fences. Twenty years ago we had no immi
gration service, no public health and quaran
tine service, no forest reserves. Would the
country be satisfied to go back to the moro
primitive status? Does it bold the expenditure
unjustified which maintains the federal ma
chinery in its present vastly more efficient
state? it costs money to follow Washington's
advice and prepare in time of peace for the
sudden emergencies of war. It costs money to
guard the public domain, to prosecute frauds
in land entries, to enforce the laws against re
straint of trade, to regulate the operations of
common carriers, to protect the public against
fraudulent foods and diseased meat products,
to exclude undesirable Immigrants, and In a
hundred other ways to defend tho Interests of
the public. Measurer! by their present cost,
.these services are cheap, not dear. Federal ad
ministration calls for a greater actual outlay
than it used to call for. But let us remember
that federal administration was never before
ko active, so vigilant and so useful, and never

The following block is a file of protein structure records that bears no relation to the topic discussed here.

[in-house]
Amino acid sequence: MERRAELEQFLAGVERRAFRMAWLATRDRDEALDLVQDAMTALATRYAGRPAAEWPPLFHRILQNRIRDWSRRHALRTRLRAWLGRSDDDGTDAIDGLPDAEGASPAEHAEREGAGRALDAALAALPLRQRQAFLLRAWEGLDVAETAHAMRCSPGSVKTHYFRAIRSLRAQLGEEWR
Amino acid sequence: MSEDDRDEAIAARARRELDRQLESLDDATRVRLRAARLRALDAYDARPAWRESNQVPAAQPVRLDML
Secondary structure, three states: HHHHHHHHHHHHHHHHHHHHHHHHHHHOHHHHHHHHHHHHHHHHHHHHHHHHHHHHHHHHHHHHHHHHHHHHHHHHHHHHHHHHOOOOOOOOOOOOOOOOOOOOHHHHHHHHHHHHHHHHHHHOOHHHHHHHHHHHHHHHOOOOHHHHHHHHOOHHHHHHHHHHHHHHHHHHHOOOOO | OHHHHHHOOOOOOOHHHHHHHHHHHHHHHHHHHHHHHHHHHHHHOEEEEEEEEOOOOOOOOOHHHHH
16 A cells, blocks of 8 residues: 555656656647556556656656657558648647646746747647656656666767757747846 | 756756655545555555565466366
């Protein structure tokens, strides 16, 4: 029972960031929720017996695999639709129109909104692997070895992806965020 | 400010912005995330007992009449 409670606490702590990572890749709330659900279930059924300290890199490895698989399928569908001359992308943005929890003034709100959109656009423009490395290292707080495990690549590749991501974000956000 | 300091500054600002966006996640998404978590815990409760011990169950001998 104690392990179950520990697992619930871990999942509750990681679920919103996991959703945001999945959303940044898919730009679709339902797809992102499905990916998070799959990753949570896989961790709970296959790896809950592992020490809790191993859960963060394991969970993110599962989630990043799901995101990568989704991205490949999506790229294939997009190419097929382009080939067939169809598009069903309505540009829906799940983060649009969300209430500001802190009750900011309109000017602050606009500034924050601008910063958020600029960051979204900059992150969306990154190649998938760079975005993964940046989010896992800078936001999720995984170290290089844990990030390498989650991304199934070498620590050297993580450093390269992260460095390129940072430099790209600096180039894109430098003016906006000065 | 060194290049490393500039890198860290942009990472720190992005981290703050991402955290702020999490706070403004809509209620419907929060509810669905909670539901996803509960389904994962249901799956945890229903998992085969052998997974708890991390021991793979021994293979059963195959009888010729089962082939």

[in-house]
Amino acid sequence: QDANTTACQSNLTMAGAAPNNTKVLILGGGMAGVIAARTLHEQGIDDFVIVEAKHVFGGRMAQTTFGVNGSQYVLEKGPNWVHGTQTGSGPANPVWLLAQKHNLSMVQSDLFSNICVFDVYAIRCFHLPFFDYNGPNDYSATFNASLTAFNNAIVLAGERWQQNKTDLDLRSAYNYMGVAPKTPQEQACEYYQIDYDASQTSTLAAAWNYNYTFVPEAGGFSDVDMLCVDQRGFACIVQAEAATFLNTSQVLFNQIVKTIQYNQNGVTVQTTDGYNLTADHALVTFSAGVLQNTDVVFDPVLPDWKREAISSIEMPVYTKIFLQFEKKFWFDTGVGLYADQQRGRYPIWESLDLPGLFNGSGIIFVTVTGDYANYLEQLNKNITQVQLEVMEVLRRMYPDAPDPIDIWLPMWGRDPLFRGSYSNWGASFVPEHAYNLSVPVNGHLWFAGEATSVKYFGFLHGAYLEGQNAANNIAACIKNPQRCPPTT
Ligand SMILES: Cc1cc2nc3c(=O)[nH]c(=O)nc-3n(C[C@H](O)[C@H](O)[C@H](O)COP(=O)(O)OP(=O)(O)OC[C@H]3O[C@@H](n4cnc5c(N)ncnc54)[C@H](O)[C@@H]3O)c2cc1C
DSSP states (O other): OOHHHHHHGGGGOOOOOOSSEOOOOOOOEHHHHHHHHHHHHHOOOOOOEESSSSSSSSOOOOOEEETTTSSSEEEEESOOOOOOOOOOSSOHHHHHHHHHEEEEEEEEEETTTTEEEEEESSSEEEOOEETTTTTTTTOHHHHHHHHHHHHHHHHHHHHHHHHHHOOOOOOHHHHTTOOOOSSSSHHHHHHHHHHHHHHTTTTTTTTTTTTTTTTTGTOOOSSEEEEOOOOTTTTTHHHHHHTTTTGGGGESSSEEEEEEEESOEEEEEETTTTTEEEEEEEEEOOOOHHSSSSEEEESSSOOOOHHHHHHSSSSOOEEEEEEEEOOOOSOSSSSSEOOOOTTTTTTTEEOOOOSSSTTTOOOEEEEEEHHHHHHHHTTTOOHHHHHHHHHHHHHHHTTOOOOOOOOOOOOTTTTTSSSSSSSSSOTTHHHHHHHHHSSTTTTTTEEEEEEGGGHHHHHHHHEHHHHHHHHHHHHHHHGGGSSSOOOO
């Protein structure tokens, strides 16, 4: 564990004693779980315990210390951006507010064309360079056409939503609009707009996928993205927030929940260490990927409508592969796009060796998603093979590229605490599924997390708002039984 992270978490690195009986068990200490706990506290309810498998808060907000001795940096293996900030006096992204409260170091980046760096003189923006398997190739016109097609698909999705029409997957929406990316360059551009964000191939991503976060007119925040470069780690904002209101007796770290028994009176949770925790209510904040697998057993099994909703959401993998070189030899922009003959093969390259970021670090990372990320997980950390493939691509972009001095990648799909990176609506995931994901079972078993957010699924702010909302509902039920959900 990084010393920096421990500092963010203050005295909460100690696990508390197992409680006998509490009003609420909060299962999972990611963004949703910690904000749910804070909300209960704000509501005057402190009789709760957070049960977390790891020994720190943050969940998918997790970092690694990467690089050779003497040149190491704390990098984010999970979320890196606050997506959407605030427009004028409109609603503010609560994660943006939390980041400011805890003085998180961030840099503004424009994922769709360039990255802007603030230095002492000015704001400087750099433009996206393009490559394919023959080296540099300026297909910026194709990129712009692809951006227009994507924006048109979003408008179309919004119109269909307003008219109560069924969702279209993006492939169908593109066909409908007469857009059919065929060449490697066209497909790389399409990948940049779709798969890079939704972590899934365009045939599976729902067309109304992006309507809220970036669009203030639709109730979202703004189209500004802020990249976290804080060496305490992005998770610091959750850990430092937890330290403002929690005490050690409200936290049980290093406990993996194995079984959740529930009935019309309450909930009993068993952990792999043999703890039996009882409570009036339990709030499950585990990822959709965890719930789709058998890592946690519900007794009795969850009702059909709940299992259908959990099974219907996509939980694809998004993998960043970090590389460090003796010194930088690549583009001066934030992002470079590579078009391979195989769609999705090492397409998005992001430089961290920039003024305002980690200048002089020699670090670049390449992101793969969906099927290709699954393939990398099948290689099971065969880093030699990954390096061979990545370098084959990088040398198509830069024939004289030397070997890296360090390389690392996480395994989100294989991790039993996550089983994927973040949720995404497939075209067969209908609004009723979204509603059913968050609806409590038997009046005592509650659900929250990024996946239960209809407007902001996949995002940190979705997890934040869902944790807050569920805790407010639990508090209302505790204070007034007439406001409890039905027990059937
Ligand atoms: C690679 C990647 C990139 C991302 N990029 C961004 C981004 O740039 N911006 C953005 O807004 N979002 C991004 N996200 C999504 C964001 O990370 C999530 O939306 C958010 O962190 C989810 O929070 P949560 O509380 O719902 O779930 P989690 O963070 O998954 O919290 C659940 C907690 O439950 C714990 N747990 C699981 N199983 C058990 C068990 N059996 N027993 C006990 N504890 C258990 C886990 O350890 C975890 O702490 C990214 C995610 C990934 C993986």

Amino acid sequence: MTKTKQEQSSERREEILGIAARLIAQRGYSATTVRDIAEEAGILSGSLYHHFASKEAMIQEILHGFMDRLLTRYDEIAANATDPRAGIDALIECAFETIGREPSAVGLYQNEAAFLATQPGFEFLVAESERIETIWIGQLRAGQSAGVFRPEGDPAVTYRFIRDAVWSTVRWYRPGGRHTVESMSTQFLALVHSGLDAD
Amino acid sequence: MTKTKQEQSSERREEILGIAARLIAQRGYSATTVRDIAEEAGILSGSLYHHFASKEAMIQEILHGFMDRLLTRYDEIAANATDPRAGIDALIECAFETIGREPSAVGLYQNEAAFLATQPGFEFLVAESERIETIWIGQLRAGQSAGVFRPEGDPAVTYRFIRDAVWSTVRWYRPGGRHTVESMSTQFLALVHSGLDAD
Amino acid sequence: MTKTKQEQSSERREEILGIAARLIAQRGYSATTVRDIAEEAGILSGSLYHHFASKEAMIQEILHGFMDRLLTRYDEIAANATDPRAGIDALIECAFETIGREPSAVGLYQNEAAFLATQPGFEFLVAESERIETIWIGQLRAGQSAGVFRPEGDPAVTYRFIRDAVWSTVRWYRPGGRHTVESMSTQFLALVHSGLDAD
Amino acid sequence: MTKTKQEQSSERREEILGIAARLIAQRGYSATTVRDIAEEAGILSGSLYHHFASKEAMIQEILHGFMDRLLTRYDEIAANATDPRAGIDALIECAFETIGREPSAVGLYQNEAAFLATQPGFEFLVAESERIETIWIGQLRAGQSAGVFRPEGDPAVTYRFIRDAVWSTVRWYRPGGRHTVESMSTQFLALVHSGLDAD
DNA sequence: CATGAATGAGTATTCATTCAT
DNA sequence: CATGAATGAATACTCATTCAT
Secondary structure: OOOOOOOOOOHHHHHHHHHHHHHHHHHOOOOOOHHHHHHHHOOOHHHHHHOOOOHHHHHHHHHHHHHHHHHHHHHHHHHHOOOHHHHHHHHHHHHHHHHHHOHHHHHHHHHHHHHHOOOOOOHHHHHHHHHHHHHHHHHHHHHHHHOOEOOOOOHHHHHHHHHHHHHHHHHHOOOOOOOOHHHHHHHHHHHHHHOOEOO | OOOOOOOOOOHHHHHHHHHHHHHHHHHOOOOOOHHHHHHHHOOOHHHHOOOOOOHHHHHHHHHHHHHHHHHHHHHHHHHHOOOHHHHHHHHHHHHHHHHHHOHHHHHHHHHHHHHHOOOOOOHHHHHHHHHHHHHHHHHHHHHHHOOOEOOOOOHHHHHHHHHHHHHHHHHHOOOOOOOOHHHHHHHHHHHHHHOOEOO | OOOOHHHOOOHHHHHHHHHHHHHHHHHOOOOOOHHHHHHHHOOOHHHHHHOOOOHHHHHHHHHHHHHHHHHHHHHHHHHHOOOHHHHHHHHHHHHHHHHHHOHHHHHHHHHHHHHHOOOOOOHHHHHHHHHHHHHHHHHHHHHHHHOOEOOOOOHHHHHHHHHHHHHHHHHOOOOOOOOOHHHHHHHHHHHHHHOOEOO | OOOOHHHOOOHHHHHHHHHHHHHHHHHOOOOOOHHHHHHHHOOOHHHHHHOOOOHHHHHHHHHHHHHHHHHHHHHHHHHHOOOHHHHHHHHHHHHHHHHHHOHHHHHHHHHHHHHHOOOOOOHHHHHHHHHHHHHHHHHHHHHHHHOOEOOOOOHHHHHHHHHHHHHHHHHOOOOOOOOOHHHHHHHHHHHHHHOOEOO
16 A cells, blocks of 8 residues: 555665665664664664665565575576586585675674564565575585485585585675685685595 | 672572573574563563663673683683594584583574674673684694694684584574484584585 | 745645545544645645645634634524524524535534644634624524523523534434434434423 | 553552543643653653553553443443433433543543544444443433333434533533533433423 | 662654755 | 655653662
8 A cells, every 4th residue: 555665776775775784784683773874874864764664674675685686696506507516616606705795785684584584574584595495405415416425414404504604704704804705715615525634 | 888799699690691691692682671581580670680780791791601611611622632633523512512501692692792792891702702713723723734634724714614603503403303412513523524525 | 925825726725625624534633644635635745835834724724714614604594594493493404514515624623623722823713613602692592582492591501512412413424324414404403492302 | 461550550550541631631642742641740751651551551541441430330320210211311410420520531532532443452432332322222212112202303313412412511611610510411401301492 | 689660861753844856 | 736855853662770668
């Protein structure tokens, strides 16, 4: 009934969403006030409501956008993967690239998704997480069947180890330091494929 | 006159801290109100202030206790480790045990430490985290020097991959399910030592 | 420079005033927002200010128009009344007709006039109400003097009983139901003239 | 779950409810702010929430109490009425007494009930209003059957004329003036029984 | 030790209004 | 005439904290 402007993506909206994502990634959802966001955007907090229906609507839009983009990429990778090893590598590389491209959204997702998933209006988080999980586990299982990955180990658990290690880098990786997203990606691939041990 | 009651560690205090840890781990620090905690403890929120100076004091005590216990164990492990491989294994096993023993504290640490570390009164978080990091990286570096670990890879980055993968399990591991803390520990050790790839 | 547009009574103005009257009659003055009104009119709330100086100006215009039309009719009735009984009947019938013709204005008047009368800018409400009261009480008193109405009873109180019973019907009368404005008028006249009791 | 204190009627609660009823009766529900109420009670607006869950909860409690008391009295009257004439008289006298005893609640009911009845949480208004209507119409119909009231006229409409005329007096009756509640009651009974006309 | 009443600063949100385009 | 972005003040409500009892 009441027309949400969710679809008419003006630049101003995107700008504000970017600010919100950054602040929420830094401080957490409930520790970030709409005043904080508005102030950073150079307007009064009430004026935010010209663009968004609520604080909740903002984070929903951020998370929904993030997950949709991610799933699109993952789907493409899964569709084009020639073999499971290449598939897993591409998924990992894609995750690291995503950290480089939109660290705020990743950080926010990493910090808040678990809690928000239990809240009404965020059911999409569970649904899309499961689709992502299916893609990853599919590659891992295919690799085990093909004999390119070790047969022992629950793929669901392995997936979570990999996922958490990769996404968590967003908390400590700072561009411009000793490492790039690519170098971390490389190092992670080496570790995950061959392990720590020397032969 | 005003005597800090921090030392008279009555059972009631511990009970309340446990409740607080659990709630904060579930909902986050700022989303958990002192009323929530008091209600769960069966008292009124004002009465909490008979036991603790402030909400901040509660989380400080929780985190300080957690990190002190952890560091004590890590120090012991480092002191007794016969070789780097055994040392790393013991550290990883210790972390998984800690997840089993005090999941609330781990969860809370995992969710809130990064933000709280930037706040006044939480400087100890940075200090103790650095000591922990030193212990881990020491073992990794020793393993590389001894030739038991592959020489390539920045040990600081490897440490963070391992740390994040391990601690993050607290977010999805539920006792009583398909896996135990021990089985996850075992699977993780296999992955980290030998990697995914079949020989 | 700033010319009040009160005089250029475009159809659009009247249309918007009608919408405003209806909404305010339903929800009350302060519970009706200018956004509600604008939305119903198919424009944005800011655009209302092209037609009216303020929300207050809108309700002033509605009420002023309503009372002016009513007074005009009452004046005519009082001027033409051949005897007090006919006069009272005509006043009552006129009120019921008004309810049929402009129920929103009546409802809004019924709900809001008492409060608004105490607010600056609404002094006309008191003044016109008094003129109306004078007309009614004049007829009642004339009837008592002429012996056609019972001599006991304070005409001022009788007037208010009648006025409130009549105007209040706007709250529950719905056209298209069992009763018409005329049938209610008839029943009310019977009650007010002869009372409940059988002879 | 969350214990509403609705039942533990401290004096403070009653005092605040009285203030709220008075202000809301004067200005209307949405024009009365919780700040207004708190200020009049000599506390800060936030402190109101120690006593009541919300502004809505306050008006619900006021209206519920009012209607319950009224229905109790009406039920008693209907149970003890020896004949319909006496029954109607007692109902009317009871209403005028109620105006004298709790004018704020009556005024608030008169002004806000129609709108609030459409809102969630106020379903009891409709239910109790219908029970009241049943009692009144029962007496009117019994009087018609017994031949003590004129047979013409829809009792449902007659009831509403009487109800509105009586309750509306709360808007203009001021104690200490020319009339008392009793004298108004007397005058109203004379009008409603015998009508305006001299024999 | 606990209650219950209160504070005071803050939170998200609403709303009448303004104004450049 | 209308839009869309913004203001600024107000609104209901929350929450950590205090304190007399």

before accomplished so much for the average
citizen's protection, advancement and general
Ulftll mmi and Judicious übsmeis generally ex
pected defeat of the Progressives In the London
Oosjßty Council election. flew If any expected
such an overwhelming defeat n^ actually <><•-
csjrred. In the former Council the Progressives
had more than a two-thirds majority — S'A in 118.
In the new Council they will be in a minority of
little if any more than one-third. The relative
strength nnd position of the two parties are al
most exactly reversed. SiMi a result Is not ;t
mere change, it is a revolution, it is the more
si^nitiiitiit because i; was effected through ;iii
maprecedentedly full vote of the citizens of Lon
don, after an uuprecedentedly earnest campaign
of investigation, education and discussion, while
The contrary result of three years ji^,» was se
cured by a light vote, after n comparatively list
less campaign, li is most of vii significant be
eaose it follows and is the climax of an extended
series of similar electoral results in the other
municipalities <>f the kingdom, 'i hose former
elections have already been commented upon as
indicating an tuunistakable «u<i emphatic reac
tiou against exiravagaut schemes of municipal
ownership and other socialist tads. That of last